Harley, Avis. 2009. African Acrostics: A Word In Edgeways. Photographes by Deborah Noyes. Candlewick.
I never know what to expect from a poetry book. Will it be entertaining or intimidating? Fun or boring? I was pleased with African Acrostics. Each poem--each acrostic to be precise--is paired with a photograph of an animal.
There are eighteen animal poems in all (if I can count correctly!) and three of these are extra-special. Two poems are double acrostics whose first letters and last letters spell out words. And one poem, Impalas in Peril," is even more special--five vertical arrangements can be found in that one!
And the poems are good--many quite clever. It would be hard to choose which ones were my favorites. I thought they were all well done. But my favorite would probably be "Above All" (the giraffe one) whose acrostic spells Cloud Friends.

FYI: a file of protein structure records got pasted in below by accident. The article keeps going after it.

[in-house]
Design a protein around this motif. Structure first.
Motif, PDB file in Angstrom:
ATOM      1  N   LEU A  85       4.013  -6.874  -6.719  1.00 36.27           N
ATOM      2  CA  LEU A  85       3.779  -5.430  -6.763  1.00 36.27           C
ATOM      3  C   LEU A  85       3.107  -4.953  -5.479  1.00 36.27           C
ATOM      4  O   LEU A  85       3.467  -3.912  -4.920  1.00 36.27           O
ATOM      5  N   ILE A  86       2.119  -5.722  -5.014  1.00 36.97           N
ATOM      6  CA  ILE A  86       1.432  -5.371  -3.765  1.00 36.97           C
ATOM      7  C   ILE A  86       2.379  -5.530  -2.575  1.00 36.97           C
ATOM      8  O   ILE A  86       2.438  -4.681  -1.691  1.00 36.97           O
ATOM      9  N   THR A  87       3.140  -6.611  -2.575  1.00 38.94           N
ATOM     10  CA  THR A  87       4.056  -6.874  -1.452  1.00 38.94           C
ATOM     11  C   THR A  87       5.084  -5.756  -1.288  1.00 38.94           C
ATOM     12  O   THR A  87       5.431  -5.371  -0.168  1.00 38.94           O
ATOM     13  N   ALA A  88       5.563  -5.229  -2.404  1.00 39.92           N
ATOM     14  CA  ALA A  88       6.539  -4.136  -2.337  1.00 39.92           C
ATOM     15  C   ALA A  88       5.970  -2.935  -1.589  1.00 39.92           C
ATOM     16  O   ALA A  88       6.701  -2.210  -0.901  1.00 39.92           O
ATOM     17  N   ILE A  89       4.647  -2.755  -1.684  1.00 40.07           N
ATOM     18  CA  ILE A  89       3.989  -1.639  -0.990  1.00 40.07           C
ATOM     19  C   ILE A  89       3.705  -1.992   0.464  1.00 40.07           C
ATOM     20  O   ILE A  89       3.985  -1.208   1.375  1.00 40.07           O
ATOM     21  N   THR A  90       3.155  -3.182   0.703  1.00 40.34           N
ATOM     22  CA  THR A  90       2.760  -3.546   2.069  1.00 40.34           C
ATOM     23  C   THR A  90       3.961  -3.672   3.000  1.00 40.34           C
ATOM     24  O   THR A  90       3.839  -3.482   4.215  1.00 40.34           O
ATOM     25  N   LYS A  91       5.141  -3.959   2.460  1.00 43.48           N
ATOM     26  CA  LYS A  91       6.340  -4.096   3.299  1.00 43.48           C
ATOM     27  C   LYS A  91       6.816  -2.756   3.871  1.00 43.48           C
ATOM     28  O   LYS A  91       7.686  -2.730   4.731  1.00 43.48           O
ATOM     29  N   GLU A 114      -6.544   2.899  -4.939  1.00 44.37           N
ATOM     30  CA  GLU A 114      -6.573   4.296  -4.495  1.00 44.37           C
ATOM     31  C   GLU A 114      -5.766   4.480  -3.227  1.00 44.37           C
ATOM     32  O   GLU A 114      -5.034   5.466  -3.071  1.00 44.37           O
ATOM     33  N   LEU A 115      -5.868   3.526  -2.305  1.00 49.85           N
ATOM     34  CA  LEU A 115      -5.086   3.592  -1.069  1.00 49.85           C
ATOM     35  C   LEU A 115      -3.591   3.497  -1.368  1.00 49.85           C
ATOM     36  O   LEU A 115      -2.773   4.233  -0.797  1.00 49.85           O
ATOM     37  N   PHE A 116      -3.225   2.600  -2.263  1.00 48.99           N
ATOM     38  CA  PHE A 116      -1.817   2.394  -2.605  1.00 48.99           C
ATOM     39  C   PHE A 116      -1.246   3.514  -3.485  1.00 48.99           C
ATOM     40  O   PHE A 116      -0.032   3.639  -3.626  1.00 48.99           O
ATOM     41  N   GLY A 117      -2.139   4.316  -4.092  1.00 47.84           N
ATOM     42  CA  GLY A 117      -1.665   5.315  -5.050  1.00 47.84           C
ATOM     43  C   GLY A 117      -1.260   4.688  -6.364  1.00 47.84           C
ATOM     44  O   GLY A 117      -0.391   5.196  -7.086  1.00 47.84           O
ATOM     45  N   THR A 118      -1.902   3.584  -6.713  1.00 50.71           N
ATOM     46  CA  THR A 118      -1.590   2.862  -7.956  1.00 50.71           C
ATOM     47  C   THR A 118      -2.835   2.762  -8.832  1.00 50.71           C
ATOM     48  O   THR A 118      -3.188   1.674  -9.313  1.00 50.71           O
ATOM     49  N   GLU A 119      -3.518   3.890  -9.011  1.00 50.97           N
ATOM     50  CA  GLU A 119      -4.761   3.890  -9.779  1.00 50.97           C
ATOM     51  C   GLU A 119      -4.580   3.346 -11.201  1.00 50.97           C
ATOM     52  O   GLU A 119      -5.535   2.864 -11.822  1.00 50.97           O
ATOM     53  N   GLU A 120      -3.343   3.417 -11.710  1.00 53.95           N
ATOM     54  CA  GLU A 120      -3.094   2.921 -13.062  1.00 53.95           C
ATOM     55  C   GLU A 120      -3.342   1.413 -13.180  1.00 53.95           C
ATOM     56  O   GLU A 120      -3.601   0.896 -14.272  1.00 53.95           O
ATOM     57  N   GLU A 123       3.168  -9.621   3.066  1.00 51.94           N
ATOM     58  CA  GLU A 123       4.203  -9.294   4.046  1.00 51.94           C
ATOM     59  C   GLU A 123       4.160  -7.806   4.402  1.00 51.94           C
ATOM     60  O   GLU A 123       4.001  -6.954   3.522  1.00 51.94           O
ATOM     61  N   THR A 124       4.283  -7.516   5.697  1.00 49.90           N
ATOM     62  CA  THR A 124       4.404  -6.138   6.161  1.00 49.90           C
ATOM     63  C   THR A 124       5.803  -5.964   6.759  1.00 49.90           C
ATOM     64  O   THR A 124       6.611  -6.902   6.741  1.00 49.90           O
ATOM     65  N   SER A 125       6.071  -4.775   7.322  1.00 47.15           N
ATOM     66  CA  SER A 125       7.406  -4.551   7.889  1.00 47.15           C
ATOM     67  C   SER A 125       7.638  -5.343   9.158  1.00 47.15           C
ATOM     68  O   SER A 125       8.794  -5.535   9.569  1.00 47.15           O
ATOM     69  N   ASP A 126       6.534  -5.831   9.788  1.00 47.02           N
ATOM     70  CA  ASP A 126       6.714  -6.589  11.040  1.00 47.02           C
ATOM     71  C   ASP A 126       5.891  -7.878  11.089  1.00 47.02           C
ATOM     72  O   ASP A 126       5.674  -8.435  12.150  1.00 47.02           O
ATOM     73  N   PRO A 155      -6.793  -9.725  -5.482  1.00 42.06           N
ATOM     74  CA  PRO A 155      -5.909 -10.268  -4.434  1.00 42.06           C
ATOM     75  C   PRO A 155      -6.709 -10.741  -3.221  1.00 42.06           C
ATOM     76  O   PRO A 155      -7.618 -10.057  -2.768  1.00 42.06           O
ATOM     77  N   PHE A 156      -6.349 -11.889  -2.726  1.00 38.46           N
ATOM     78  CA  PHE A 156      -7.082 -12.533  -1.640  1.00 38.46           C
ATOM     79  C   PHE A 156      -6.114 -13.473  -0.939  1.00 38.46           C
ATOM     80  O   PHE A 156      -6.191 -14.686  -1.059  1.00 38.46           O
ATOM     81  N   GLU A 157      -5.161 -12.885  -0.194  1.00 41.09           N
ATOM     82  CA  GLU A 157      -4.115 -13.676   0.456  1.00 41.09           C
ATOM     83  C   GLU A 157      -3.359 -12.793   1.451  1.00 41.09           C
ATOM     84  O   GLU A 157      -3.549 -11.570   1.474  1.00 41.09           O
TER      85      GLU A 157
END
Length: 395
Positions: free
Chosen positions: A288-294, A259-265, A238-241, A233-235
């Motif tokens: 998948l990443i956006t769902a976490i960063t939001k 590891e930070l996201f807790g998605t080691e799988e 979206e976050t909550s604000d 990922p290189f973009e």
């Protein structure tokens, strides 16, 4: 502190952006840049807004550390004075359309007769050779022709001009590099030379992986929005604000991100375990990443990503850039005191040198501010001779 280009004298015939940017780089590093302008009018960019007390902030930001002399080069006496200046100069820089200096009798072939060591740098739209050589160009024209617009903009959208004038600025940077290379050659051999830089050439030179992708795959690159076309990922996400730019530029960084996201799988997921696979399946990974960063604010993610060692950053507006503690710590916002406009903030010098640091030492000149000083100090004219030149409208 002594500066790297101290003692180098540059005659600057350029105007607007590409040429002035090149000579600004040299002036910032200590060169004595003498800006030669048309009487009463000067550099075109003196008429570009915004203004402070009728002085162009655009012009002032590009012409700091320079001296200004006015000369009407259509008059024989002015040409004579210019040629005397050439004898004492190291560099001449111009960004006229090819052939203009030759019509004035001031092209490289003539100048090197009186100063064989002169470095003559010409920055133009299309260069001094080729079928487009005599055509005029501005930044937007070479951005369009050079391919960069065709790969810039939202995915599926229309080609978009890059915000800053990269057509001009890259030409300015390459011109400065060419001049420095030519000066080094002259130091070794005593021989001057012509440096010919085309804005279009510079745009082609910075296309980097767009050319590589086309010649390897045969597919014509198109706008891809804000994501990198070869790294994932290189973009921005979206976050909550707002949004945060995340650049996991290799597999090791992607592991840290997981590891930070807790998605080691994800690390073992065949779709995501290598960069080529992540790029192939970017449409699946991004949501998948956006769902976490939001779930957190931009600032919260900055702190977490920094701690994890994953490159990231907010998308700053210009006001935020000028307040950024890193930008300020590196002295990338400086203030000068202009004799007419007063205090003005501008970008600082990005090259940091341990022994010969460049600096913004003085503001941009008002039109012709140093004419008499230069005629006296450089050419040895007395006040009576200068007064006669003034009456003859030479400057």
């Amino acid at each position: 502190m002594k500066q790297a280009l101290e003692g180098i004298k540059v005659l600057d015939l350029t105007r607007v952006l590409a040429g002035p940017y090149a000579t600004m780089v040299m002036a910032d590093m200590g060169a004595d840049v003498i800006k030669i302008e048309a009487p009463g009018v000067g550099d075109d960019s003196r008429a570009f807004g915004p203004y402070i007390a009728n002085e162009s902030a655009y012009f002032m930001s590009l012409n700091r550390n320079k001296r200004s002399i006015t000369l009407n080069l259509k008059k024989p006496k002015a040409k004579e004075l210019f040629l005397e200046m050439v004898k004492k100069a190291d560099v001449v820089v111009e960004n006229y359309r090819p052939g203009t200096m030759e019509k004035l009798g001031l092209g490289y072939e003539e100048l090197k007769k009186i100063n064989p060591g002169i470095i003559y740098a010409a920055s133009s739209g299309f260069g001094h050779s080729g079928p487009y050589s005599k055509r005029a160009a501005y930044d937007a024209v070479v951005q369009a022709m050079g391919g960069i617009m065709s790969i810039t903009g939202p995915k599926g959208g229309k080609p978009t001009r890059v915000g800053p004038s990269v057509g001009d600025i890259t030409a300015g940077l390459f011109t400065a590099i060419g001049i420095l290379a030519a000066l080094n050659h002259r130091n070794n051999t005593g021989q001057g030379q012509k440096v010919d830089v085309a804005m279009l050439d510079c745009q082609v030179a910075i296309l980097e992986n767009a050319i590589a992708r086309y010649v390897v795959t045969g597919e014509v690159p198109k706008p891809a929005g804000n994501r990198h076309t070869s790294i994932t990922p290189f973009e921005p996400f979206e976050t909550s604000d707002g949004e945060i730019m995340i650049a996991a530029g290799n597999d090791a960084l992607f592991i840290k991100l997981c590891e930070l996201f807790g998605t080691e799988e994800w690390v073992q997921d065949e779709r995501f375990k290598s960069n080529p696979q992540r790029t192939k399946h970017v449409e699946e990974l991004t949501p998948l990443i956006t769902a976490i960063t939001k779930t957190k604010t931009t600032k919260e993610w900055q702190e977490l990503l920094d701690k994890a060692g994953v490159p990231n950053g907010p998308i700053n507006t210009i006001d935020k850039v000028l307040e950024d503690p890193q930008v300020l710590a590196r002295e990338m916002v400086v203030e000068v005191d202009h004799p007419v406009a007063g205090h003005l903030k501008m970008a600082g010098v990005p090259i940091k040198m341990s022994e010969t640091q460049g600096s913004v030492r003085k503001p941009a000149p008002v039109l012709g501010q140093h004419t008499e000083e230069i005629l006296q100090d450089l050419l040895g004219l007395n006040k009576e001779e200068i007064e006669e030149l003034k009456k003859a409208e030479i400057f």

Up clouds and eaves-
Dropping on the wind!
Nibbling on high, they
The book also features an introduction and explanation to the concept of acrostics. Not a poet? More of an animal lover? Don't worry. There are extra-notes for you too. The book features "nature notes" about all the animals featured in the book. The note about giraffes (to match the poem Above All) is as follows:
The giraffe is the tallest land animal, and its neck makes up one third of it's height. The tallest giraffe ever measured was 19.3 feet (5.9 meters) in height. To feed its huge body, a giraffe must spend sixteen to twenty hours a day browsing shrubs and trees. Giraffes do not have leaders in their small herds, and they are very social creatures.
© Becky Laney of Becky's Book Reviews